Throughout the story you have some subtle—and some not-so-subtle—references to Apple, the tech company, as a kind of looming figure. What do you think the role of technology is in these character’s lives?
It’s a very important role. Apple has been a huge part of my life as a creator and as a human being. I’m just thinking of how different my job is now compared to how it was ten years ago, and how different my friendships are. All because of the computer and the phone in my pocket. I want to take a look at who we were before those things came into our lives and who we have become after. Is one better than the other? I’m not sure.
So far in the story’s initial run, you’ve tackled a lot of generational issues. What are some other questions you hope to answer in future issues of the series?
Well, some of the Paper Girls end up in a different time period. We will be leaving 1988 and that’s a big deal. In coming issues we will also be looking at some of the tropes of time-travel stories and how we can avoid them. The next five issues will be very different from the first and will also give a lot of answers to some of the questions we left hanging at the end of Issue 5. It will definitely be a better chance to get the know the girls individually.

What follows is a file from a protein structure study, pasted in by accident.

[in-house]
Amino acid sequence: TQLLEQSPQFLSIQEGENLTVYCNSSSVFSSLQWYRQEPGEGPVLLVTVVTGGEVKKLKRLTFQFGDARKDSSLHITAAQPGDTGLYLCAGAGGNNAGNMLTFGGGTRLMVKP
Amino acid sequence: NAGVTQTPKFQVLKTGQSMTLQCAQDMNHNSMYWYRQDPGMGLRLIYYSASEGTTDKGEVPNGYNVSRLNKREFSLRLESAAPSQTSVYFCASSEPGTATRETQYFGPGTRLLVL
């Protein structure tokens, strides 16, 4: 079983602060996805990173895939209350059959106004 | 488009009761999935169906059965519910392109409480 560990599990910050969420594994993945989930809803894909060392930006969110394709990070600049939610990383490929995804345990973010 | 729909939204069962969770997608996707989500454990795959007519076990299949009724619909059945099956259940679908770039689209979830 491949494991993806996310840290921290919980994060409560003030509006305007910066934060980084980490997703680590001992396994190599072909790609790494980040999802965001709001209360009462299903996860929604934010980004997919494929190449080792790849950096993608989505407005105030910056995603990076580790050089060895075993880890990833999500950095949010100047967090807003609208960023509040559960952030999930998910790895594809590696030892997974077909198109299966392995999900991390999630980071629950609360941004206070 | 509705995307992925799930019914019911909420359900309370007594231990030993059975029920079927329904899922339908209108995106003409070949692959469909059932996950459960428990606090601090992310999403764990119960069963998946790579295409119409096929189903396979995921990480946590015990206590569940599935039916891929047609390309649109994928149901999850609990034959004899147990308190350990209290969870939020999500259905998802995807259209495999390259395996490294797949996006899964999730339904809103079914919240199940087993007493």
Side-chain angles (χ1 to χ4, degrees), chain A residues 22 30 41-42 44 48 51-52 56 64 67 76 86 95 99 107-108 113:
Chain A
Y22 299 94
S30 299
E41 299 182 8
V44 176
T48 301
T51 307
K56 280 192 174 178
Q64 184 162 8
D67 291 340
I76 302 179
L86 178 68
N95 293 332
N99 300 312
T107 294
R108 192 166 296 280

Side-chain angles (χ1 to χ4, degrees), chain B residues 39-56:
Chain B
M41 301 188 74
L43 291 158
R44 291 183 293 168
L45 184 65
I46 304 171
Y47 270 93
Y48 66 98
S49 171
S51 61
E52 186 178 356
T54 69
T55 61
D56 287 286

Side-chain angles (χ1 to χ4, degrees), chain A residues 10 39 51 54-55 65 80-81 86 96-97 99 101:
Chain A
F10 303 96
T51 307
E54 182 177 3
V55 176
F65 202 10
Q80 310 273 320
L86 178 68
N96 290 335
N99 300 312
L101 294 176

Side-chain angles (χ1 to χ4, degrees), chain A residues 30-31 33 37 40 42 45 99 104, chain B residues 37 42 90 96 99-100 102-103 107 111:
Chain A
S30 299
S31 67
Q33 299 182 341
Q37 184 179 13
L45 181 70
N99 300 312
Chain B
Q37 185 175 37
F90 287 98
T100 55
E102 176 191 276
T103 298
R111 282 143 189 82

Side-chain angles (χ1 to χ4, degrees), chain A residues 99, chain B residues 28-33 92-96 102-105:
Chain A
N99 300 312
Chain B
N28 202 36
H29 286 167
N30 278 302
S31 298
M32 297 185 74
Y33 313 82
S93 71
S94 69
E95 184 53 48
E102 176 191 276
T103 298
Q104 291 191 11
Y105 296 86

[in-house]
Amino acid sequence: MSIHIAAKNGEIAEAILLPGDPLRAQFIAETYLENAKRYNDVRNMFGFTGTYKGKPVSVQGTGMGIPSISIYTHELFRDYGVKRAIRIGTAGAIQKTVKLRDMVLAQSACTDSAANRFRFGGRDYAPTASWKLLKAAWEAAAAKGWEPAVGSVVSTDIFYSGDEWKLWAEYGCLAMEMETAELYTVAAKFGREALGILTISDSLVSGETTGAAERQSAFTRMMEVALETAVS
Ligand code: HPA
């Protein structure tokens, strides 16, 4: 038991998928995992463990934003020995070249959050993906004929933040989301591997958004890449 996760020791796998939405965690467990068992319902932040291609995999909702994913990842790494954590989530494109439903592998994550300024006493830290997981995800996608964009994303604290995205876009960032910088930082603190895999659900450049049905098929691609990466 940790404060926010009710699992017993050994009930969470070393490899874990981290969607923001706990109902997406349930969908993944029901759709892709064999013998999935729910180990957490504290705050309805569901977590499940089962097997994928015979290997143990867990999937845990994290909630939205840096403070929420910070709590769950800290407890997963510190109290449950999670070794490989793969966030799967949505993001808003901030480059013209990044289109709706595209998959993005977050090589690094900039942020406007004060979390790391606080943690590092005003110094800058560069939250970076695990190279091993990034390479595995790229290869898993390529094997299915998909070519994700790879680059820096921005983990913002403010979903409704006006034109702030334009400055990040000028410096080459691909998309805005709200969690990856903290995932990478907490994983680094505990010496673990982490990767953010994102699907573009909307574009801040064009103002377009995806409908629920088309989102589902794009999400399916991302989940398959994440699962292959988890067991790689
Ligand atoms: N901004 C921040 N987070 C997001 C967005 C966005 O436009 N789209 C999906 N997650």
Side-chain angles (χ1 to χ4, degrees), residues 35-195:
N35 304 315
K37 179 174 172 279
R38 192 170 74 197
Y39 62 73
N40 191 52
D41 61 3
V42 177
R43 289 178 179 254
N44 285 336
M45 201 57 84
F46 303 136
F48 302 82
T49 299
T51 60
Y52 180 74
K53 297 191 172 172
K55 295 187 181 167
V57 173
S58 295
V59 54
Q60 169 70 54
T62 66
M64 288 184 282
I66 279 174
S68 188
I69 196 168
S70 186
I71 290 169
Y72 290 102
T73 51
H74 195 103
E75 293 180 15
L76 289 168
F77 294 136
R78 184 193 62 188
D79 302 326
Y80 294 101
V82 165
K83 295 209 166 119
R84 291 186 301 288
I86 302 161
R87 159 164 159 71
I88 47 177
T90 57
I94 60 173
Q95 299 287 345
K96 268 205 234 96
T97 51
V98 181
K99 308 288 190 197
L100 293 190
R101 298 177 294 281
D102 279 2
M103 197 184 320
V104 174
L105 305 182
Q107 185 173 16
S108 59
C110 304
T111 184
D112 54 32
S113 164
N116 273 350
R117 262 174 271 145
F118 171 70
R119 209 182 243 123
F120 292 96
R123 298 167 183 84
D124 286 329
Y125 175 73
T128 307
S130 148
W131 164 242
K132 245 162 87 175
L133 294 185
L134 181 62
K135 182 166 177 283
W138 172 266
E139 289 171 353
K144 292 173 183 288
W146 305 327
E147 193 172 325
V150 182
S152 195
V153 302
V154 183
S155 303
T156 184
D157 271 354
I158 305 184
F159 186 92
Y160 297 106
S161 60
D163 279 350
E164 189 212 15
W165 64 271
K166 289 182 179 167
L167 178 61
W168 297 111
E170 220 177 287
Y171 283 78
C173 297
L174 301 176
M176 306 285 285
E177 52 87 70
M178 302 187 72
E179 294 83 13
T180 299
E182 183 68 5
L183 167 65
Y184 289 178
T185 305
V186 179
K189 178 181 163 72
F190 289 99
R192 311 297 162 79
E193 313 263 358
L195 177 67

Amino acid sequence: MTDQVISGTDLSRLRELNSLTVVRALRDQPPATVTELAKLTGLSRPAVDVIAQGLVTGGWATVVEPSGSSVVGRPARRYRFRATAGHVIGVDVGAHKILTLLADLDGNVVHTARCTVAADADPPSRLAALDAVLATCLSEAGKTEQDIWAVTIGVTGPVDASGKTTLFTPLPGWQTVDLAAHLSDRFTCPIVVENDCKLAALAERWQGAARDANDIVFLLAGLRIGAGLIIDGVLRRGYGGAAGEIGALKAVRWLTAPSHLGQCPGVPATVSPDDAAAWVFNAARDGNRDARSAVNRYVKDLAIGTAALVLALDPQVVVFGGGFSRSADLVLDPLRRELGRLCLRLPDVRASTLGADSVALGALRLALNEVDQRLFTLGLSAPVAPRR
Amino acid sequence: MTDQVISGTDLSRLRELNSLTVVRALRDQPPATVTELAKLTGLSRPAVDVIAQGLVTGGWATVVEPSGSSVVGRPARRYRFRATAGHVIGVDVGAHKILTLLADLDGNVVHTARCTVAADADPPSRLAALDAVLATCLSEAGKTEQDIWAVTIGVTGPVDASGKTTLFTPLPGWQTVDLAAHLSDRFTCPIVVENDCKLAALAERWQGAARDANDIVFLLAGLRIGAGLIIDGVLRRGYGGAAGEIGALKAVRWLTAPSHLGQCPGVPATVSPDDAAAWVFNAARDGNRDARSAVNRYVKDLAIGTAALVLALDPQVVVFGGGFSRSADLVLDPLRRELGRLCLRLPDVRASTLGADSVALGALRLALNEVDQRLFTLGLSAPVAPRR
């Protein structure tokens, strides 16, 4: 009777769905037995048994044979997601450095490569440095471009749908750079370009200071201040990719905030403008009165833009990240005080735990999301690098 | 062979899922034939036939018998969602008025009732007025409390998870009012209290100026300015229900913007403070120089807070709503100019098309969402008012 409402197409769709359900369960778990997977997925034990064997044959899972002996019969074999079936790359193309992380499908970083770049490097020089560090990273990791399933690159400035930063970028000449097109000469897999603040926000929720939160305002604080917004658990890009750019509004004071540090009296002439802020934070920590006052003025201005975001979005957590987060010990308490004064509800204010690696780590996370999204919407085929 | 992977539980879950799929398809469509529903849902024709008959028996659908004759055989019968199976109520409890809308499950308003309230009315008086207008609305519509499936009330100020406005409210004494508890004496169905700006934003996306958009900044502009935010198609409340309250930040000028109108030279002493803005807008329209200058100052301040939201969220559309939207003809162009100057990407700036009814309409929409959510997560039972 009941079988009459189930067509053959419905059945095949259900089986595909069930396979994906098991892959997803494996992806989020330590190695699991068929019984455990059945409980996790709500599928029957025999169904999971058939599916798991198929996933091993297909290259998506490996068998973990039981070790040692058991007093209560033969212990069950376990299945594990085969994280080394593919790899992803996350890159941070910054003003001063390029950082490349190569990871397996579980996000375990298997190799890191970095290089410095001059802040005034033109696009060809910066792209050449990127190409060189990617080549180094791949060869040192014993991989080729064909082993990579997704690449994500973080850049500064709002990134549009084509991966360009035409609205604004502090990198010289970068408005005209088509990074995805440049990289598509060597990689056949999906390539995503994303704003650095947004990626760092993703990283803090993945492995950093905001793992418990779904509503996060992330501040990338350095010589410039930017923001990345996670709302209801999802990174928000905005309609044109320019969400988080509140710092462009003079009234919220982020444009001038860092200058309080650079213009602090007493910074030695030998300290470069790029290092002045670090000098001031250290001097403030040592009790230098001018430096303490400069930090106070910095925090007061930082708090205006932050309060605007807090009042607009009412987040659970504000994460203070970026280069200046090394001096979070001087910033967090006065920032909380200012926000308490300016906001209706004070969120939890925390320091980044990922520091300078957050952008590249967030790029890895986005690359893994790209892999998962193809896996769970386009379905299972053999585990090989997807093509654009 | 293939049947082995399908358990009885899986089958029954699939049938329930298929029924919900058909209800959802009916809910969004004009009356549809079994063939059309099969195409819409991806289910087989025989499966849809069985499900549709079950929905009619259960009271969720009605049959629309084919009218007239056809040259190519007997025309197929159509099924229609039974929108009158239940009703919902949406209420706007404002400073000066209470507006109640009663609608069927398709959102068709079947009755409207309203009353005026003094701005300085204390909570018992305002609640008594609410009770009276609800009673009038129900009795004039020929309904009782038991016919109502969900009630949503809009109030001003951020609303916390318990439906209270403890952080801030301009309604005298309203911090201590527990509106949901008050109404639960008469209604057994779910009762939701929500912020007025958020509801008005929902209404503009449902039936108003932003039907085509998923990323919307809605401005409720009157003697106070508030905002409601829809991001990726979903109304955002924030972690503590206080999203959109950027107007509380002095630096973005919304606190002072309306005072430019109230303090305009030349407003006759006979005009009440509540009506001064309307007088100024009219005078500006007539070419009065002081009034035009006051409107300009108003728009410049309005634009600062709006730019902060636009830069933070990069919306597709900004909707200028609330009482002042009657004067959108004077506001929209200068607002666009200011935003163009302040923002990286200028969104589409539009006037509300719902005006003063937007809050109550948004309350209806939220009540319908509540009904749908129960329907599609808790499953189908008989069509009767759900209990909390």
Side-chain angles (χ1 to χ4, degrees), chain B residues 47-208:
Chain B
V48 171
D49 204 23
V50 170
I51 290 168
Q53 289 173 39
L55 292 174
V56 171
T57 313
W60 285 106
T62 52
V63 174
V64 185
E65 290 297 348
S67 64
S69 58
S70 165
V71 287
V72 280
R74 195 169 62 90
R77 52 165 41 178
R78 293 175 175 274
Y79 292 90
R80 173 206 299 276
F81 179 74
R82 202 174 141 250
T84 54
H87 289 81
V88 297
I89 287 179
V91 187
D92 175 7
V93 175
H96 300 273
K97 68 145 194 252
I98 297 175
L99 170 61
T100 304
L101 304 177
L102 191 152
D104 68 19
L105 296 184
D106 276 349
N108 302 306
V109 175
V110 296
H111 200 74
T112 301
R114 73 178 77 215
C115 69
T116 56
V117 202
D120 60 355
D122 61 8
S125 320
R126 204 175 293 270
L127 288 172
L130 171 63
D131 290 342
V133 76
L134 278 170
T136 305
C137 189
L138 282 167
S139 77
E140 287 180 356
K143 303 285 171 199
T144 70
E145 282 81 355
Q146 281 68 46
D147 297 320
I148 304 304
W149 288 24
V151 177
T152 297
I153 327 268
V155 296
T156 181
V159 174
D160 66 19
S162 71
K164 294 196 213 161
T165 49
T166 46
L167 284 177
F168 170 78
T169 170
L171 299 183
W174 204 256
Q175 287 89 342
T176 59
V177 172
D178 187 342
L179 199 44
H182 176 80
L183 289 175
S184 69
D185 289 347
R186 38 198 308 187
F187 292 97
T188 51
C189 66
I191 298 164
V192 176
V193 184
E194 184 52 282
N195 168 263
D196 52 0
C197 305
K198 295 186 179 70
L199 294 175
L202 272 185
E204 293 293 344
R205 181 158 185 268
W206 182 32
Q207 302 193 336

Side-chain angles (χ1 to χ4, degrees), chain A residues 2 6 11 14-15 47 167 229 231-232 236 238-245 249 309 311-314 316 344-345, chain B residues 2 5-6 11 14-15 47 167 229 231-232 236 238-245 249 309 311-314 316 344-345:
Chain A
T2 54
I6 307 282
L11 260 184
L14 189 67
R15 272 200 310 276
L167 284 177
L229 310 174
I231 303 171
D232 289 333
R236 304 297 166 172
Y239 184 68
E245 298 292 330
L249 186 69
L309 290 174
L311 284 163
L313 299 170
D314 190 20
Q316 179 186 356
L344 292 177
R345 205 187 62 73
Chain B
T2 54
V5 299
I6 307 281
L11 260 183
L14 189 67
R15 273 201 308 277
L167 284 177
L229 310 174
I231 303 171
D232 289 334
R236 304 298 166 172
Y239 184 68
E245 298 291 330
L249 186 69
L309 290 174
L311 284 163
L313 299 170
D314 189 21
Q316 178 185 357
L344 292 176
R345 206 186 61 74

What techniques do you use to avoid tropes in your writing? Time-travel stories have been around as long as anyone can remember and there are some things that have to be in a time-travel story for it to be recognized as such.